March 10, 2020 – Apparently learning nothing from history, the New Zealand Public Advisory Committee for Disarmament and Arms Control (PACDAC) is holding a Parliamentary Symposium on Tuesday to mark the 50th Anniversary of the Treaty on the Non-Proliferation of Nuclear Weapons (NPT) hosted by PACDAC Chair and Under-Secretary for Disarmament and Arms Control Fletcher Tabuteau.
Having been ousted from the ANZUS Defense Treaty in the 1980s by the Reagan Administration, the latest hard left government in New Zealand is back at it.
“This event is an important opportunity to reflect on New Zealand’s proud record of leadership on nuclear disarmament,” Fletcher Tabuteau said.
“As we celebrate the 50th anniversary of the NPT this year, it is New Zealand’s sincere hope that we will also see the entry into force of the Treaty on the Prohibition of Nuclear Weapons in 2020.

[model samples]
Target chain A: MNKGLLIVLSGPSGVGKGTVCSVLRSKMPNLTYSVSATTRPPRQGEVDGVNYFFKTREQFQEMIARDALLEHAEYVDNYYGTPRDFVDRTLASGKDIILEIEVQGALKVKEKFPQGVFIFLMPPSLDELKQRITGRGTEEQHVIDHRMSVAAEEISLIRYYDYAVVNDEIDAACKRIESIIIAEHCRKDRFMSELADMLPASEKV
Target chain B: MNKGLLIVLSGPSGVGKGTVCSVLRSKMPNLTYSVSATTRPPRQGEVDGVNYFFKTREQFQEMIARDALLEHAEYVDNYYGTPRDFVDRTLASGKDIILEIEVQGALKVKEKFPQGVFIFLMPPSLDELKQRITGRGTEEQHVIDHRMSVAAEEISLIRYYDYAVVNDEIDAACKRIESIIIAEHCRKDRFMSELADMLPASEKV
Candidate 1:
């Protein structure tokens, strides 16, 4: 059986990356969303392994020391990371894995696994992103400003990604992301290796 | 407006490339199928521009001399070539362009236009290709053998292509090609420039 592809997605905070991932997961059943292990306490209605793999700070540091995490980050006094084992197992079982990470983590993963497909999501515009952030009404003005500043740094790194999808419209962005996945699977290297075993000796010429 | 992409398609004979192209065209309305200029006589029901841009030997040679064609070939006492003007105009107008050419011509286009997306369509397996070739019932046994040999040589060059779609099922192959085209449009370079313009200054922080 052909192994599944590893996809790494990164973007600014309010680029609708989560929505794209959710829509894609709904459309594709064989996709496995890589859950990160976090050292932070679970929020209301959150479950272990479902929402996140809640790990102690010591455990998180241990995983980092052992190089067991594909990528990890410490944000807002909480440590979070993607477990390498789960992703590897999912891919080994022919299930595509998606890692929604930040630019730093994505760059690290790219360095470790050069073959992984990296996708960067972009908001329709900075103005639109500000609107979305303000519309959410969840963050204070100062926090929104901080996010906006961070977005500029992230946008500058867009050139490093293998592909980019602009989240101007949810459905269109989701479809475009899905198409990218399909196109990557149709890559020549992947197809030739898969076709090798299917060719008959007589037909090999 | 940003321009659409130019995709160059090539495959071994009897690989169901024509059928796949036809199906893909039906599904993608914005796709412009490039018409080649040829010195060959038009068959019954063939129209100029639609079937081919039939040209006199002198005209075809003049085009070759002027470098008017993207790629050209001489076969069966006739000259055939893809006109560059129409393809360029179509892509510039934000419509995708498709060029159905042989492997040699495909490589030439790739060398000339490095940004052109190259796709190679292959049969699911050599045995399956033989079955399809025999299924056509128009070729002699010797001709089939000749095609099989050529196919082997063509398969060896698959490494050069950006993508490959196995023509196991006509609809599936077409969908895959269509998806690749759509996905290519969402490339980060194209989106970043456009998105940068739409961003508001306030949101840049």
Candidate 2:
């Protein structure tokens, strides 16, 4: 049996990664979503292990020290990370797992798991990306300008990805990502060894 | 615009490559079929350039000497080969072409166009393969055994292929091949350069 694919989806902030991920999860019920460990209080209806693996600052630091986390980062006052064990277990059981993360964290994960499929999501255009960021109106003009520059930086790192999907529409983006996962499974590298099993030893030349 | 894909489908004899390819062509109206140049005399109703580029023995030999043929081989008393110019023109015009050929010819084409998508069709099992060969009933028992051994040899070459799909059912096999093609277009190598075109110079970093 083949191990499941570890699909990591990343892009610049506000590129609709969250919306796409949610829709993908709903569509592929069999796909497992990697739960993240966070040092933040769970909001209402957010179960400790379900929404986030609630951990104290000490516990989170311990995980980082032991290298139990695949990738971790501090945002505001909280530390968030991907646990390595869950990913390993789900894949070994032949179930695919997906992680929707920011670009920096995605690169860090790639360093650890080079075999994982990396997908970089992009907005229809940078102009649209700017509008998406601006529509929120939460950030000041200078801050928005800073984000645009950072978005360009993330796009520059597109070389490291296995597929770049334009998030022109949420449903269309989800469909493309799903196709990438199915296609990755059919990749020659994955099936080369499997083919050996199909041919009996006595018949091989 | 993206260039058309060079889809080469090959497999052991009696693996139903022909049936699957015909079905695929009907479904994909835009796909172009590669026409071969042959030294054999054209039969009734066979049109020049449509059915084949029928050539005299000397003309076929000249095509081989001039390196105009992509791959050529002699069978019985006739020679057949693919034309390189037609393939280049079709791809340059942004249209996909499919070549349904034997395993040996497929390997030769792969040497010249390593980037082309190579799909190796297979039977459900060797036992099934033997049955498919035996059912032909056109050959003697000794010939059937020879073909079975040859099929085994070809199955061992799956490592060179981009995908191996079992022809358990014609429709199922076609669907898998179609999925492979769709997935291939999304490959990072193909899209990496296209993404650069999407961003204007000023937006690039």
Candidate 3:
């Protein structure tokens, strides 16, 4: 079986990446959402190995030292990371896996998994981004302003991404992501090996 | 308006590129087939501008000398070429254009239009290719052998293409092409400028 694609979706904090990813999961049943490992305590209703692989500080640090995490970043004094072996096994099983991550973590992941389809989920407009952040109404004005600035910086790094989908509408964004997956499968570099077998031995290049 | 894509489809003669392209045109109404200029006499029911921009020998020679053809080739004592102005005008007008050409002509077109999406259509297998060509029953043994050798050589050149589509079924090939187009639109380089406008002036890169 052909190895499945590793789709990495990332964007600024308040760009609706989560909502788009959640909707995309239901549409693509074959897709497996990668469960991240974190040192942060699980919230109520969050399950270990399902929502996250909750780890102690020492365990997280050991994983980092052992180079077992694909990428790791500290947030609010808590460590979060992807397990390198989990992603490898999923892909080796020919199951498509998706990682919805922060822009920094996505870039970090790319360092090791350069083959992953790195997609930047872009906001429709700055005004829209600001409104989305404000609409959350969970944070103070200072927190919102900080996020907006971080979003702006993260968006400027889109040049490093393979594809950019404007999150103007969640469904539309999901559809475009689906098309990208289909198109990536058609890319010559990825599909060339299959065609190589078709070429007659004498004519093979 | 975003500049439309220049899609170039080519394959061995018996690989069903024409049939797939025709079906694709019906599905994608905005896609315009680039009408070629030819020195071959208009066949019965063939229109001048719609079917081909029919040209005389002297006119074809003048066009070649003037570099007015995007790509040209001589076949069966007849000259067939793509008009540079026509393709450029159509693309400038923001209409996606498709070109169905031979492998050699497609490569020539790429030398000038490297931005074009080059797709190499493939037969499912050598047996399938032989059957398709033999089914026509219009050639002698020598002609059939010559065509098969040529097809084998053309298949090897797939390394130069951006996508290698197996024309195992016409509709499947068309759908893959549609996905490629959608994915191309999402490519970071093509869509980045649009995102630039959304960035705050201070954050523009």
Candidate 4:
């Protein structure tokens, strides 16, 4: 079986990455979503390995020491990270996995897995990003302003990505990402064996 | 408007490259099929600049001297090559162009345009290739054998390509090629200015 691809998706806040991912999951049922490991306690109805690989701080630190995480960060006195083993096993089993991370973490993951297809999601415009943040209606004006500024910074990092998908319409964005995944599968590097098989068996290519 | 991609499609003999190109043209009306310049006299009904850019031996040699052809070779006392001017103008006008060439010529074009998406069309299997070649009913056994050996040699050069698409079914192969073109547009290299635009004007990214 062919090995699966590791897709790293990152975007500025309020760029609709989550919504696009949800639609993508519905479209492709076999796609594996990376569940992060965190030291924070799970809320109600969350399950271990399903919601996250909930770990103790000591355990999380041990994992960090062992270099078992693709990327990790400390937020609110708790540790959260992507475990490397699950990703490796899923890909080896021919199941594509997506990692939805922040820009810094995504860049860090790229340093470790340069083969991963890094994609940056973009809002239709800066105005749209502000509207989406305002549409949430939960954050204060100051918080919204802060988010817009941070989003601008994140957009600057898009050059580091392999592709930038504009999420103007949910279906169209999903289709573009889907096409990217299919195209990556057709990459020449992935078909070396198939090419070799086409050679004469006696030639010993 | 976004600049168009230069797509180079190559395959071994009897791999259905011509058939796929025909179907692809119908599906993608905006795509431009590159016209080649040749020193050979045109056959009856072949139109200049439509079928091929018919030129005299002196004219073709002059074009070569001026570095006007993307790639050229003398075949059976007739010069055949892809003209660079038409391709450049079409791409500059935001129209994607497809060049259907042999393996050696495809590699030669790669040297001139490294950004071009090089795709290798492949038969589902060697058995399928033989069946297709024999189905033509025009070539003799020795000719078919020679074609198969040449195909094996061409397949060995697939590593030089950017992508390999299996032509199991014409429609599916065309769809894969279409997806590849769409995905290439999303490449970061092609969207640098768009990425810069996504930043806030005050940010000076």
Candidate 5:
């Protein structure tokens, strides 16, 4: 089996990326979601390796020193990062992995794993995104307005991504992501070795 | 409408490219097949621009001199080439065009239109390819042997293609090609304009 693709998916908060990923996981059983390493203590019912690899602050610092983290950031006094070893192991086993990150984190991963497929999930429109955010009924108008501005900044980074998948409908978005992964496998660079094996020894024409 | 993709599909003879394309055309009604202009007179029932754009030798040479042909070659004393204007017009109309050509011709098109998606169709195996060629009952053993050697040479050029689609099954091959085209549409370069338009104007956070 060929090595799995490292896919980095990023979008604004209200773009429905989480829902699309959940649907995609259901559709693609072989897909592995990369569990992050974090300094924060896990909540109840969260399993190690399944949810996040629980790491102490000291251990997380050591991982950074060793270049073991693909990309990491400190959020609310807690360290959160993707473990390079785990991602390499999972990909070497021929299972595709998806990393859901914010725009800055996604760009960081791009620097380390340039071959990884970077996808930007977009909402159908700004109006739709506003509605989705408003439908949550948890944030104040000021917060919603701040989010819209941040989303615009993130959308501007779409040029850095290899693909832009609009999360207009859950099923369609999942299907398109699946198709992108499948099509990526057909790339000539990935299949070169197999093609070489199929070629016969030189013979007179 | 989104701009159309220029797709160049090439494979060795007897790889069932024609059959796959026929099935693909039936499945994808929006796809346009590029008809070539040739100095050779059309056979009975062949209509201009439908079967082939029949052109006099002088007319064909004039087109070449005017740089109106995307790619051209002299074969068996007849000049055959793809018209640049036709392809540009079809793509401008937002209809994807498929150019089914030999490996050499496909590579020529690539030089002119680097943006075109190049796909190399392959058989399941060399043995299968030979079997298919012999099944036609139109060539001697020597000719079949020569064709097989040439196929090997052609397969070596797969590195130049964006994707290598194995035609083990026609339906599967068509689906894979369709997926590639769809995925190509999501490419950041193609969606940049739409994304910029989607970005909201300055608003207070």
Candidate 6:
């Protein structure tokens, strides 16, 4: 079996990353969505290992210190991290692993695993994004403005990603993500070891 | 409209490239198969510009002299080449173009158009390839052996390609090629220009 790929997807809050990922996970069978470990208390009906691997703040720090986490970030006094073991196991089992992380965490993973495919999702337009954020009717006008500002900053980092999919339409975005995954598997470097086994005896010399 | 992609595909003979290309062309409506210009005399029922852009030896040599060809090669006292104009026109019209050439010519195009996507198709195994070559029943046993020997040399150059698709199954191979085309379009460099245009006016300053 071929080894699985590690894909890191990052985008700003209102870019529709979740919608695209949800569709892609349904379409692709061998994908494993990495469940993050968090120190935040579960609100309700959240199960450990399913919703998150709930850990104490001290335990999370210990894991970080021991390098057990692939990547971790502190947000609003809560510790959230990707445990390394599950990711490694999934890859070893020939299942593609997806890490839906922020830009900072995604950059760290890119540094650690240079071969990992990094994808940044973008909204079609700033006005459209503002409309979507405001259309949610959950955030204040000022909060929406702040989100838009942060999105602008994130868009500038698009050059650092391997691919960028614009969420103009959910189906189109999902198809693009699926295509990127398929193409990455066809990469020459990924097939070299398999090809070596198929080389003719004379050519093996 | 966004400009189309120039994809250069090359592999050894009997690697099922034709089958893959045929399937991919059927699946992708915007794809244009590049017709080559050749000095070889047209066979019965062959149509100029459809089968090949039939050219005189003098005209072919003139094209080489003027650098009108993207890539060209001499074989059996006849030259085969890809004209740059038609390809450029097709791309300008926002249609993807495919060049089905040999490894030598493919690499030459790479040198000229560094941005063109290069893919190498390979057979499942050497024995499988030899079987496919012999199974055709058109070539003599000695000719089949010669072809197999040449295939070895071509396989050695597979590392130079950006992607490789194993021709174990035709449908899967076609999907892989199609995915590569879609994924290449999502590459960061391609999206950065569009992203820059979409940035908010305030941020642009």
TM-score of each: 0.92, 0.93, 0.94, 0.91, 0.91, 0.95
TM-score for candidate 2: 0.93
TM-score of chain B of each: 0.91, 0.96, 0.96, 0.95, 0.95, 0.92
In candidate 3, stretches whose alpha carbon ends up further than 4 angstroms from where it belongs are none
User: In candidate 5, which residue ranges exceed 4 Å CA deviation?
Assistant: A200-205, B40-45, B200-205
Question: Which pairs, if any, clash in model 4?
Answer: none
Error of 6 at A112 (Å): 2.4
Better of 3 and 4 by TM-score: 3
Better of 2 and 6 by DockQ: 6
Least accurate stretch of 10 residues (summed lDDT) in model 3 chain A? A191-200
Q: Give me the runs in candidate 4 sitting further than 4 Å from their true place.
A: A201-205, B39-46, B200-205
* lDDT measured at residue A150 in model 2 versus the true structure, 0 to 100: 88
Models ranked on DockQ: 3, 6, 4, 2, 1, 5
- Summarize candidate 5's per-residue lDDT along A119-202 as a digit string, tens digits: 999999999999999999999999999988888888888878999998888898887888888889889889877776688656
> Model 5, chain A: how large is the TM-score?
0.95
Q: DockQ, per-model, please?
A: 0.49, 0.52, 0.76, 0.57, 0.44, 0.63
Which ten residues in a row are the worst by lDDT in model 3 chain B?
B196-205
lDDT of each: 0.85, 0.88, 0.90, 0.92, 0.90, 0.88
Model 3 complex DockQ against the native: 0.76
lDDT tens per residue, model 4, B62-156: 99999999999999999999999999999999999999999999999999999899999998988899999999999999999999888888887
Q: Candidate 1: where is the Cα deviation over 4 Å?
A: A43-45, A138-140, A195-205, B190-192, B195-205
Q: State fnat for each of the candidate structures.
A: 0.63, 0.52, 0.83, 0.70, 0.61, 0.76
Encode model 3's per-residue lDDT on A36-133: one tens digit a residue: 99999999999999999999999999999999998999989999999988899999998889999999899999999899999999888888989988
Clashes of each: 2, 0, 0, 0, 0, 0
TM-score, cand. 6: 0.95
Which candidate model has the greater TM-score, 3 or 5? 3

“The nuclear weapons possessor states have not met their disarmament obligations under the NPT and progress on nuclear disarmament has stalled. The NPT Review Conference, which begins next month in New York, provides an opportunity for all countries to renew their commitment to a nuclear weapons-free world.
The keynote speaker for the event will be Izumi Nakamitsu, the symbolic United Nations High Representative for Disarmament Affairs.
“This event represents a special opportunity to hear from the UN Secretary-General’s top disarmament official on the current challenges facing nuclear disarmament, which is the UN membership’s oldest – as well as its highest – security priority,” Fletcher Tabuteau said.
The PACDAC was set up under the New Zealand Nuclear Free Zone, Disarmament and Arms Control Act 1987.
The Australia, New Zealand and United States Security Treaty, or ANZUS Treaty, was an agreement signed in 1951 to protect the security of the Pacific. Although the agreement has not been formally abrogated, the United States and New Zealand no longer maintain the security relationship between their countries.